A look at how the economy is affecting Oklahoma businesses
Read any newspaper or watch any network news program and it seems like the economic climate in this country is in disarray. However, it is not all gloom and doom. For many small business owners in Oklahoma, they see the current economy as an opportunity to thrive.
Shane Dawson, owner of technology consulting company, I.T. Solutions, began his business during an economic downturn six years ago. He was laid off from his employer who told him "we would love to keep you, but you can do this on a contract basis." Dawson was able to secure additional freelance work from a second company and thus I.T. Solutions was born. His idea for a slow economy? Outsource what you can. "We can save companies money and give them excellent service," said Dawson.
The idea of outsourcing during economic downtimes is also echoed by Carol Hartzog, of Carol Hartzog Communications, a media relations and marketing company. "Public and media relations consultants will only floursih in this market," said Hartzog. "As companies cutback in-house on these areas, they will need to resource this function outside and step up the effort due to the economic conditions."
However, if you business cannot utilize outsourcing as a competitive advantage, Keller Williams Realtor, Steve Reeser, offers this advice. "Closely watch your expenses and cut things that are unproductive," said Reeser. Getting back to the basics and fundamentals of the business can help any company experiencing pains due to the current market conditions.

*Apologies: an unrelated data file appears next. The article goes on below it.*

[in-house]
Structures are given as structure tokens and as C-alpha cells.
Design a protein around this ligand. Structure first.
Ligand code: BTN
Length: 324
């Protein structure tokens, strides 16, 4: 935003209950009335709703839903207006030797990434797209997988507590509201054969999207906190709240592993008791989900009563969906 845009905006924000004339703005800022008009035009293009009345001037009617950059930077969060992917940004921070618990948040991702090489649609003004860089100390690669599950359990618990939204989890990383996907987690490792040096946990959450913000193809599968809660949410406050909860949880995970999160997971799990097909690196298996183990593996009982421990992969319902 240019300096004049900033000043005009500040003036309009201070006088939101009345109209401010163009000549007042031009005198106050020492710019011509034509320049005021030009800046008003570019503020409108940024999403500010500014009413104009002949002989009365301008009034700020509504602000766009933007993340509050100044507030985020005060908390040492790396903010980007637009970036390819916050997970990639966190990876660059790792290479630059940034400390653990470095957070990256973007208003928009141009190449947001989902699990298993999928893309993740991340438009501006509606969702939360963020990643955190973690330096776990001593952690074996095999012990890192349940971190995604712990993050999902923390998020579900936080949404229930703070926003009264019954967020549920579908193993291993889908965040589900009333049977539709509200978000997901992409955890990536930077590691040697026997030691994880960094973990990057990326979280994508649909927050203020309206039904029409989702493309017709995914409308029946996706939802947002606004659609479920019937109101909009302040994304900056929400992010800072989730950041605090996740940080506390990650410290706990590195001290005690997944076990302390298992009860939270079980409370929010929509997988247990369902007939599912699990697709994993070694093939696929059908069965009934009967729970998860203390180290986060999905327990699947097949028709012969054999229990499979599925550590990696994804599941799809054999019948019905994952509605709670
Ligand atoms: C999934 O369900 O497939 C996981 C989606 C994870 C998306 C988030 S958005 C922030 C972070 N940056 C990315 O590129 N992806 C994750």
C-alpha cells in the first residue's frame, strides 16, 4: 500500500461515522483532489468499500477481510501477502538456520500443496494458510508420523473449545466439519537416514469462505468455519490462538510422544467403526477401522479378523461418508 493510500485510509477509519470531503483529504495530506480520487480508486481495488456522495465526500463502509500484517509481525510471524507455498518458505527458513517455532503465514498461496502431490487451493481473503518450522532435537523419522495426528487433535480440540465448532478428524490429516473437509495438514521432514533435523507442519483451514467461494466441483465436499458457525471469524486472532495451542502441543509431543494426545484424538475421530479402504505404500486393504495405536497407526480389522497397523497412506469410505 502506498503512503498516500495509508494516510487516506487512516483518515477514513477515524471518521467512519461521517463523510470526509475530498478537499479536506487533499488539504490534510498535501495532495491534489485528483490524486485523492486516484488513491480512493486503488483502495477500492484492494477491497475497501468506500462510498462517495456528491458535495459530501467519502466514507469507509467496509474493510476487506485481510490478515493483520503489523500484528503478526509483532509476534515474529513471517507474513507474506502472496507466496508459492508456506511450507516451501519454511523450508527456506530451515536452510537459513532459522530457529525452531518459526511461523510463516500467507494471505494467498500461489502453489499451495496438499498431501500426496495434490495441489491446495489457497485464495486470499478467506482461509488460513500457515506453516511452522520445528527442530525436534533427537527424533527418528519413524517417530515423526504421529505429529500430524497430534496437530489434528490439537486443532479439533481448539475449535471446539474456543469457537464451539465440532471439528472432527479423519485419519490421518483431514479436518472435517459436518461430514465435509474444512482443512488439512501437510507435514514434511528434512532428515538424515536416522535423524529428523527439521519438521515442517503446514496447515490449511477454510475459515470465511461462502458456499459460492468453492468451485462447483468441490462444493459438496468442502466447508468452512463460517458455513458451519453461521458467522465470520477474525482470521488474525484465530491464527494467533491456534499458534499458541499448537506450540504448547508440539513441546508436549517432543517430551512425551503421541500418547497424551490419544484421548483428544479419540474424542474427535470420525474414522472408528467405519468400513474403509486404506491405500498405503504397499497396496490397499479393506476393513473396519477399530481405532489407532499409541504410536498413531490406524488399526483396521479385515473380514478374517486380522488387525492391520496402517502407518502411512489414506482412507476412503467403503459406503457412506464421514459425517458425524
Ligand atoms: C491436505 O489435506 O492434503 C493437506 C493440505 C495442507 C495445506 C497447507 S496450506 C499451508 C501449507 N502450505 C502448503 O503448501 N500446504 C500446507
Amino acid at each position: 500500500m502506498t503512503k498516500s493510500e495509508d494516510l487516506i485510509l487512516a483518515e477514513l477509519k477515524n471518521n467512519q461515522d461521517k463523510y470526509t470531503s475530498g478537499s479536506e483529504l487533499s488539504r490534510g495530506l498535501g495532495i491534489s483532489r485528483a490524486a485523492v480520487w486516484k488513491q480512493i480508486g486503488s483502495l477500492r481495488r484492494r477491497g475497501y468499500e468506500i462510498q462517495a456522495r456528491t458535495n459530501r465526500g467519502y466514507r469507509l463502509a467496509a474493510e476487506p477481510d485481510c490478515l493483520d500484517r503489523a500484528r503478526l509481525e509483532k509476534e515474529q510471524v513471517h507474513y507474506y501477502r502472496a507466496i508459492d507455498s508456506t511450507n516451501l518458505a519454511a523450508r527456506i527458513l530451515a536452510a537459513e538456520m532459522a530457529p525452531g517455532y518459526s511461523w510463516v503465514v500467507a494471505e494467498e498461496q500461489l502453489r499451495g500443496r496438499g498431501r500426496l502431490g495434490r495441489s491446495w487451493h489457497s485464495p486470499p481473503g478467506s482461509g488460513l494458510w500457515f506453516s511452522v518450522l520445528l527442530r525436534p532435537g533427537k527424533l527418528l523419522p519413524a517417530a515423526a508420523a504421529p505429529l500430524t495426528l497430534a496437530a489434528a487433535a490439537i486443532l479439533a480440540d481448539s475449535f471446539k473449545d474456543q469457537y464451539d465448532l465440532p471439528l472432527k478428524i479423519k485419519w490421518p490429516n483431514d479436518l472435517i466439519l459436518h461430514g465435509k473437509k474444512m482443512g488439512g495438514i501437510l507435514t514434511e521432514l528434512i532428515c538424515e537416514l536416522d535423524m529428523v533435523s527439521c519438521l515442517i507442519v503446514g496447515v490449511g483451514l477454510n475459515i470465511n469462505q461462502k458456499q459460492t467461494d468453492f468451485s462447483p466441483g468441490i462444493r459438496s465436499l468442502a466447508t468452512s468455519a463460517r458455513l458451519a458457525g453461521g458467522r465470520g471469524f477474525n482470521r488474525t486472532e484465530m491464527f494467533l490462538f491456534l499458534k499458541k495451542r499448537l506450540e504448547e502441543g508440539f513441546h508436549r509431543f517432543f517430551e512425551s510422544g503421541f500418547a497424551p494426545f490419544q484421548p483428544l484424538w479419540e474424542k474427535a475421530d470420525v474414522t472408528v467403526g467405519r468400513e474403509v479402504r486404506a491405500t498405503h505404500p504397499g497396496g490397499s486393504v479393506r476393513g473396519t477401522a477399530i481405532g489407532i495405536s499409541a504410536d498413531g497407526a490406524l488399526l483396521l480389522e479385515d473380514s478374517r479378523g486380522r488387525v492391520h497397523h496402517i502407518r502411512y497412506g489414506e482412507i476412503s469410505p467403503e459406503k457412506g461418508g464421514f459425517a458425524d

Focusing on your strengths and targeting your key market segments is another hot topic for businesses during economic downturns. The best thing to do in hard times is focus more and focus better," said John Jantsch, founder of Duct Tape Marketing. "By narrowing your focus, you can concentrate on your best customers, your key market segments and the parts of your business that are most important for you."
Whether business is slow or booming, building relationships is crucial for any business to succeed. Networking plays a big role in attracting more business. According to Dawson, attending networking events is very important to the future of his business. "The customer must trust you before they will allow you to work on their system," said Dawson. "It is so important to meet people and gain a professional relationship with other business owners."
Reeser attends many networking events sponsored by SpiritBank's Business Resource Center. The Business Resource Center is a central hub for small businesses that offer a strategic partner network, educational seminars and networking events. "I know of no other institution that brings it clients together in such a way," said Reeser.
Even though the national news may be grim, Oklahoma's economy is still very strong. "The media hype is worse than the fallout in Oklahoma," said Hartzog. And, statistics prove this. "The national average for foreclosures is one in every 343 homes whereas the Oklahoma City metro reflects one in every 1,260 homes is in foreclosure," said Reeser. According to the Bureau of Labor Statistics, the national unemployment rate is 6.1 percent. In Oklahoma, that number is only 3.8 percent.
As our state continues to thrive, so will our Oklahoma businesses.